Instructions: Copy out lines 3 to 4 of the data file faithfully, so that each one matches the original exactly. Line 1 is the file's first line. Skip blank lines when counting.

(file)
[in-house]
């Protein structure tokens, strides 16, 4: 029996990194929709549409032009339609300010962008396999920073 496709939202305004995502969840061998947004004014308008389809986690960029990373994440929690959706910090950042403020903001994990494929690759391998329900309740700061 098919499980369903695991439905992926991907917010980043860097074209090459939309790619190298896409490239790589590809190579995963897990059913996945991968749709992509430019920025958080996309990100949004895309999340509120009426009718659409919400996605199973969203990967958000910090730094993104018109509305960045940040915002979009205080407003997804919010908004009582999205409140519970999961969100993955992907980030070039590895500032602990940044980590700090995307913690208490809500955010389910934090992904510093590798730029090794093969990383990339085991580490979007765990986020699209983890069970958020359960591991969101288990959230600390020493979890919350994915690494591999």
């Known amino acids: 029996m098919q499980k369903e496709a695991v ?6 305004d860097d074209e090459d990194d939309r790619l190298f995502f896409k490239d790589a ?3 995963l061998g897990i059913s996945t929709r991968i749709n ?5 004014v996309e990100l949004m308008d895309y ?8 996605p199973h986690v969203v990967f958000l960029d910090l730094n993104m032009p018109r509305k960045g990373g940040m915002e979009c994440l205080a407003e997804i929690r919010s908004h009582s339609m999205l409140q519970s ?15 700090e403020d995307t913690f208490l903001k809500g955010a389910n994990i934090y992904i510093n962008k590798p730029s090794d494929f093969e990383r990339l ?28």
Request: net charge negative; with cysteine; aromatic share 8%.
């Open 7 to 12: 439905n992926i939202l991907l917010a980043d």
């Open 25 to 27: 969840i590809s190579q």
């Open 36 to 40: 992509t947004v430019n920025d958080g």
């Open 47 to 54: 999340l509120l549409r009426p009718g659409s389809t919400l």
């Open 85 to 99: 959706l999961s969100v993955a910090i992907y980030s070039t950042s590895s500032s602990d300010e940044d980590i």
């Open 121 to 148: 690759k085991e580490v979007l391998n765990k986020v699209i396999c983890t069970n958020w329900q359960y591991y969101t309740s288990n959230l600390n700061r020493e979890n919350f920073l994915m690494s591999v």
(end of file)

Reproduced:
């Known amino acids: 029996m098919q499980k369903e496709a695991v ?6 305004d860097d074209e090459d990194d939309r790619l190298f995502f896409k490239d790589a ?3 995963l061998g897990i059913s996945t929709r991968i749709n ?5 004014v996309e990100l949004m308008d895309y ?8 996605p199973h986690v969203v990967f958000l960029d910090l730094n993104m032009p018109r509305k960045g990373g940040m915002e979009c994440l205080a407003e997804i929690r919010s908004h009582s339609m999205l409140q519970s ?15 700090e403020d995307t913690f208490l903001k809500g955010a389910n994990i934090y992904i510093n962008k590798p730029s090794d494929f093969e990383r990339l ?28």
Request: net charge negative; with cysteine; aromatic share 8%.